The impact of the TA is decreased incidence of communicable diseases in participating Central Asian countries, in particular of HIV/AIDS in key population groups at risk and of vaccine-preventable diseases. The outcome of the TA is strengthened core capacity for surveillance and response to communicable diseases in pilot countries in line with the IHR. Strengthening the IHR was identified as the best way to strengthen national and regional health systems in order to improve HIV/AIDS and communicable disease surveillance and control.
Output 1: Mapping of communicable disease vulnerability and response conducted in each participating country. Effective control of communicable diseases requires information and evidence on the vulnerability of its population and geographic hot spots of disease incidence and prevalence. WHO supports member states in mapping potential hazards and vulnerabilities, which allows for development of focused preparedness activities to reduce the impact of crises, and thus prevent them from developing into full-scale disasters. One of the activities in this field has been the development of a disaster vulnerability mapping e-atlas to encourage ministries of health and other stakeholders within the health community to develop and improve their disaster management capacities. This e-atlas will be used as a framework for HIV/AIDS and communicable disease vulnerability mapping in each target country, including mapping of vaccination coverage for measles, rubella, and polio. This will allow the provision of sex-disaggregated and analyzed data for decision making for Central Asian governments and facilitate regional dialogue about cross-border risks from communicable diseases.
Output 2: Improved and standardized communicable disease surveillance and control in participating countries. Central Asian countries endorsed the European Action Plan for HIV/AIDS, 2012 2015, which aims to reduce the number of new HIV infections. However, because of the limited access to and low uptake of HIV testing and counseling services, it is estimated that up to 60% of people living with HIV in Central Asian countries are unaware of being infected. Evidence-informed prevention strategies need to be more widely adopted to control the growing burden of HIV in Central Asia. This output will conduct assessments in each participating country on vulnerabilities of populations at risk to access services, which is a critical hurdle for many HIV/AIDS-infected people. Moreover, the implementation of standard operating procedures for implementation of core interventions such as needle and syringe programs and HIV testing and counseling will be supported under this output. Capacity development events to strengthen implementation of the European Action Plan for HIV/AIDS will be conducted and will also serve as platforms for knowledge exchange across the region.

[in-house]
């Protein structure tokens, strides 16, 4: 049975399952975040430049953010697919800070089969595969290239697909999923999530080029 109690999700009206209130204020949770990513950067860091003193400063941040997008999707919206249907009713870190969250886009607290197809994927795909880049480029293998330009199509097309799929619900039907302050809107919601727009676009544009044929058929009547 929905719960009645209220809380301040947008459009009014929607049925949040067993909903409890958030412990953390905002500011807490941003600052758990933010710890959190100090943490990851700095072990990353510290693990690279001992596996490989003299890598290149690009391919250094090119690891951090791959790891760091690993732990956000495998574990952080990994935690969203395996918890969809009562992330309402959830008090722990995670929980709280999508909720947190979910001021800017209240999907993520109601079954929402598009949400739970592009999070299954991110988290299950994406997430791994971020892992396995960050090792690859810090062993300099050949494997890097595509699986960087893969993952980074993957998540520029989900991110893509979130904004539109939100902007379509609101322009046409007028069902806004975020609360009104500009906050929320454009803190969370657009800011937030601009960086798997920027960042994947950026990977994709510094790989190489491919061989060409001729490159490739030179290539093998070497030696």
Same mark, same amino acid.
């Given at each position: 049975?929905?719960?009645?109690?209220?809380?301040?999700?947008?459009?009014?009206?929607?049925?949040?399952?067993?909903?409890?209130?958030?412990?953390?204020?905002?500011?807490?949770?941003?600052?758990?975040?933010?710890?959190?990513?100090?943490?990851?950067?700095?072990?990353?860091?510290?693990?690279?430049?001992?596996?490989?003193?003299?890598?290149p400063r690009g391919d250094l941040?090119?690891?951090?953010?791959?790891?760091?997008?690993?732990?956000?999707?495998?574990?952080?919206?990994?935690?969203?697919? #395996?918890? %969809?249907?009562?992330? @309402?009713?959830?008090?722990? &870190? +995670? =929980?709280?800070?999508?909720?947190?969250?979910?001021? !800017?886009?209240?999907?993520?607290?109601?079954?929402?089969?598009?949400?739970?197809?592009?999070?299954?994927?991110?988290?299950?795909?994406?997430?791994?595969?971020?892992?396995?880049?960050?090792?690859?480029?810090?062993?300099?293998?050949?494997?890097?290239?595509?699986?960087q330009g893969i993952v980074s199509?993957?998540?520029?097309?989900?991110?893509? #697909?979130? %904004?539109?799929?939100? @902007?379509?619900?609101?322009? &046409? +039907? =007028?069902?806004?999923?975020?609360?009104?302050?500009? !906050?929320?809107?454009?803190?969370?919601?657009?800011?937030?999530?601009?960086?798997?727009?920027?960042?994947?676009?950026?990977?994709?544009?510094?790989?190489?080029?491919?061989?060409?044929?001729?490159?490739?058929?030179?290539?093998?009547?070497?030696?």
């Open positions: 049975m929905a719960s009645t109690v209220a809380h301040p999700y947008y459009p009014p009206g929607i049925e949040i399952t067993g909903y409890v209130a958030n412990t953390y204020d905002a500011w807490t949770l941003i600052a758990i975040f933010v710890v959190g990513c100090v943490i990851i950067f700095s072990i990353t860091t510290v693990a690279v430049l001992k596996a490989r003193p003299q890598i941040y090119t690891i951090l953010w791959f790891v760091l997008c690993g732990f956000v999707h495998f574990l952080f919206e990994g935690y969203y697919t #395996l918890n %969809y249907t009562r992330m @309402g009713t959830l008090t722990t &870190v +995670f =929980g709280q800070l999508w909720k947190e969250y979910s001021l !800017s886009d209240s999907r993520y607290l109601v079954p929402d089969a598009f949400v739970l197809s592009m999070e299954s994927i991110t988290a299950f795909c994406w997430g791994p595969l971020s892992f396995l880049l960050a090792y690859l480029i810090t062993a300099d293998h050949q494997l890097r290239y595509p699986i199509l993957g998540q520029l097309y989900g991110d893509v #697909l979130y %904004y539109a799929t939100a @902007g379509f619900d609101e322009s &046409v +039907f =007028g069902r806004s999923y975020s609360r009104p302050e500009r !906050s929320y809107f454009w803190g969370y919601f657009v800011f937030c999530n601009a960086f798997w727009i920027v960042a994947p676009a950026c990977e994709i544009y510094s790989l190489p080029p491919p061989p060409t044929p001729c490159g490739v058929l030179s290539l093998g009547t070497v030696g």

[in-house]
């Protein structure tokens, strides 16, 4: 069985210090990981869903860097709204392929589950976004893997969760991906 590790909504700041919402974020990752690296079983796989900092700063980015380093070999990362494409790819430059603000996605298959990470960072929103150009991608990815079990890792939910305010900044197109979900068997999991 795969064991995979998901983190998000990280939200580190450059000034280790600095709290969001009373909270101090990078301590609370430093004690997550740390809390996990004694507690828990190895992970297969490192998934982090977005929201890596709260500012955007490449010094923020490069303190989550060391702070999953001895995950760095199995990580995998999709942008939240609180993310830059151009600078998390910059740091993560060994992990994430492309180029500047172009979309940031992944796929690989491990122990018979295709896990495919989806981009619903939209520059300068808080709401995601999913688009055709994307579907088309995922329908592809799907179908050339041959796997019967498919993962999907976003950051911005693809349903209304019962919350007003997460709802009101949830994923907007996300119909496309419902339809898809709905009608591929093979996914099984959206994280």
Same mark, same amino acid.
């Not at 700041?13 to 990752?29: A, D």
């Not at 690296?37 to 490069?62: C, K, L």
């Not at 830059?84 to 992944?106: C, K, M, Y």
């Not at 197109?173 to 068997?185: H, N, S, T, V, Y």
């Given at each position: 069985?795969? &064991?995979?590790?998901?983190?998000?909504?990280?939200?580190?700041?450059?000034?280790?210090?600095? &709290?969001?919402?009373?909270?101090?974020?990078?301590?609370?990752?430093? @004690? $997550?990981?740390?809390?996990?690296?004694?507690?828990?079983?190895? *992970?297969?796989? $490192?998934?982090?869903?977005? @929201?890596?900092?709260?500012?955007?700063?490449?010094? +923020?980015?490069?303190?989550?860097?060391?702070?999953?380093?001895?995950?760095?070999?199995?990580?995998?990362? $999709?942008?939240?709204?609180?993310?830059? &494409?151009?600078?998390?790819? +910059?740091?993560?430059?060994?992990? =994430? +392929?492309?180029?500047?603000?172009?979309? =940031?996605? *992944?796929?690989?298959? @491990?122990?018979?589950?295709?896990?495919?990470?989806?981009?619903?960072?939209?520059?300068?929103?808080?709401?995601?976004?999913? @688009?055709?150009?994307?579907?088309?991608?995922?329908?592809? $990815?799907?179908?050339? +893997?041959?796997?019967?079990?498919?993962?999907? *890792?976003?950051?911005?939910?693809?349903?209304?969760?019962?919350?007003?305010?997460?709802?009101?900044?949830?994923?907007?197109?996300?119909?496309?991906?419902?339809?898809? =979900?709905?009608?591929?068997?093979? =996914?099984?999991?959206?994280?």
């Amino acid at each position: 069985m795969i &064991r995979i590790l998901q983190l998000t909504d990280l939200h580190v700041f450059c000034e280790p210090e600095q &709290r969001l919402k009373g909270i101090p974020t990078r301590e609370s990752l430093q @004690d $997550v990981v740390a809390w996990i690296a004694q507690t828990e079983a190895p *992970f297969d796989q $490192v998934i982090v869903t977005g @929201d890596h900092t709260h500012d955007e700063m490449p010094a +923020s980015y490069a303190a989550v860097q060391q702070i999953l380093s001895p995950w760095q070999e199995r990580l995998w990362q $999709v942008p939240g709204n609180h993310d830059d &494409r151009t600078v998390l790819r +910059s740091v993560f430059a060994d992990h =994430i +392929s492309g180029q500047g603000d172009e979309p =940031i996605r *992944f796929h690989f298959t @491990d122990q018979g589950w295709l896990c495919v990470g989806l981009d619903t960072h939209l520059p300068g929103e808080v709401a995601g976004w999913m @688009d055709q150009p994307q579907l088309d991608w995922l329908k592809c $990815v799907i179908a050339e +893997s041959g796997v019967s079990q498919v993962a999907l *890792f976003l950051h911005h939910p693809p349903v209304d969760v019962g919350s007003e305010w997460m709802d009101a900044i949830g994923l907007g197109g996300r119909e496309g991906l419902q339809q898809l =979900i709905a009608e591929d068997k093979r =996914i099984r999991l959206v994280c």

In line with the approach of strengthening health systems rather than working on single diseases, the output will strengthen surveillance and control of vaccine-preventable diseases. This TA will support implementation and strengthening of case-based surveillance, and support establishment and capacity development of a national verification commission for measles and rubella elimination in each participating country.
Output 3: Improved coordination and collaboration among participating countries and development partners in planning for and responding to communicable diseases. The IHR provides an excellent framework to strengthen coordination and collaboration across sectors within the region and among development partners. One of the key principles promoted through the IHR is that public health surveillance and response should not interfere with international traffic and trade (Art. 2 IHR). To be able to reach this goal, countries are requested to develop and strengthen certain health system capacities for surveillance and response, especially at ports, airports, and ground crossings. The IHR also provides instruments to assess cross-border public health risks in a standardized manner and encourages bilateral and regional collaboration, regional disease surveillance initiatives, coordinated disaster management, and harmonization of legal and regulatory frameworks for transport.
TA activities under output 3 include training national public health experts, improved coordinated surveillance systems, increased cross-sector collaboration, and development of cross-border standards and procedures at border crossings. The TA will strengthen awareness and advocacy efforts on the importance of the IHR beyond the health sector, particularly in the transport and trade sector. The TA will also provide guidance notes in local languages. Multisector coordination and coordination between points of entry and the national level will be improved through awareness-raising activities for senior officials within the health sector and beyond, in order to increase political commitment to IHR implementation. Regional features on IHR core capacity development reported by WHO European member states through the 2011 self-assessment questionnaire will be taken into account in the capacity development activities under this TA.